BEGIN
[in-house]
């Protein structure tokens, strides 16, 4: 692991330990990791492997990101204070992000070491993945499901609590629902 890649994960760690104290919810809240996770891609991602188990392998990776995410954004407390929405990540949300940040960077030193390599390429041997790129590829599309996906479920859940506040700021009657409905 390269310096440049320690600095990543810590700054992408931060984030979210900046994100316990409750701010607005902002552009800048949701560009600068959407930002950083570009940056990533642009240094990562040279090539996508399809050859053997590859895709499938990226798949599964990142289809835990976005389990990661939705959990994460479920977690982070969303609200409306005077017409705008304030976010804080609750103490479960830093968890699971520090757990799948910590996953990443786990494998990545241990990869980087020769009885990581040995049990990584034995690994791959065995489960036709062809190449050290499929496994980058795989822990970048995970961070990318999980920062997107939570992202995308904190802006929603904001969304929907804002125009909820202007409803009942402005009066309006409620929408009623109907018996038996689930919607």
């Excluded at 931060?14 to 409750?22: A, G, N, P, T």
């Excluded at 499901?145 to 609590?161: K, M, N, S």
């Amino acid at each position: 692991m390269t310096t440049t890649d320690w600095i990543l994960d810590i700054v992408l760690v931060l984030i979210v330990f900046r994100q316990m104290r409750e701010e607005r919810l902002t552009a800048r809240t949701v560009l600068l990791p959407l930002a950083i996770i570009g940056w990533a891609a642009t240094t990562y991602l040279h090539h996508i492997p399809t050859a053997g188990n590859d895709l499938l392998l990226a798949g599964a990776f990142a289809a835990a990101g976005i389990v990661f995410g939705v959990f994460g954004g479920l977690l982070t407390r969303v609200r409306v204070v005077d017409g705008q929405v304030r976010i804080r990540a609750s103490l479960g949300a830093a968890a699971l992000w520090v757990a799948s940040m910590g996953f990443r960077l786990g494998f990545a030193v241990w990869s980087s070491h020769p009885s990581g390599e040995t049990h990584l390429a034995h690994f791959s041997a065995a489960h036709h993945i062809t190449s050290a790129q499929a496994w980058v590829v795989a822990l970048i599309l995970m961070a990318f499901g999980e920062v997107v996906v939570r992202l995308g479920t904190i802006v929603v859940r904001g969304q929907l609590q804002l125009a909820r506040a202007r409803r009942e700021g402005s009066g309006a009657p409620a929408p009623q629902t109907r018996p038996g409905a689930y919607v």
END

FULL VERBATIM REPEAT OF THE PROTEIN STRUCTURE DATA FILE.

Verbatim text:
[in-house]
């Protein structure tokens, strides 16, 4: 692991330990990791492997990101204070992000070491993945499901609590629902 890649994960760690104290919810809240996770891609991602188990392998990776995410954004407390929405990540949300940040960077030193390599390429041997790129590829599309996906479920859940506040700021009657409905 390269310096440049320690600095990543810590700054992408931060984030979210900046994100316990409750701010607005902002552009800048949701560009600068959407930002950083570009940056990533642009240094990562040279090539996508399809050859053997590859895709499938990226798949599964990142289809835990976005389990990661939705959990994460479920977690982070969303609200409306005077017409705008304030976010804080609750103490479960830093968890699971520090757990799948910590996953990443786990494998990545241990990869980087020769009885990581040995049990990584034995690994791959065995489960036709062809190449050290499929496994980058795989822990970048995970961070990318999980920062997107939570992202995308904190802006929603904001969304929907804002125009909820202007409803009942402005009066309006409620929408009623109907018996038996689930919607």
């Excluded at 931060?14 to 409750?22: A, G, N, P, T």
């Excluded at 499901?145 to 609590?161: K, M, N, S």
């Amino acid at each position: 692991m390269t310096t440049t890649d320690w600095i990543l994960d810590i700054v992408l760690v931060l984030i979210v330990f900046r994100q316990m104290r409750e701010e607005r919810l902002t552009a800048r809240t949701v560009l600068l990791p959407l930002a950083i996770i570009g940056w990533a891609a642009t240094t990562y991602l040279h090539h996508i492997p399809t050859a053997g188990n590859d895709l499938l392998l990226a798949g599964a990776f990142a289809a835990a990101g976005i389990v990661f995410g939705v959990f994460g954004g479920l977690l982070t407390r969303v609200r409306v204070v005077d017409g705008q929405v304030r976010i804080r990540a609750s103490l479960g949300a830093a968890a699971l992000w520090v757990a799948s940040m910590g996953f990443r960077l786990g494998f990545a030193v241990w990869s980087s070491h020769p009885s990581g390599e040995t049990h990584l390429a034995h690994f791959s041997a065995a489960h036709h993945i062809t190449s050290a790129q499929a496994w980058v590829v795989a822990l970048i599309l995970m961070a990318f499901g999980e920062v997107v996906v939570r992202l995308g479920t904190i802006v929603v859940r904001g969304q929907l609590q804002l125009a909820r506040a202007r409803r009942e700021g402005s009066g309006a009657p409620a929408p009623q629902t109907r018996p038996g409905a689930y919607v």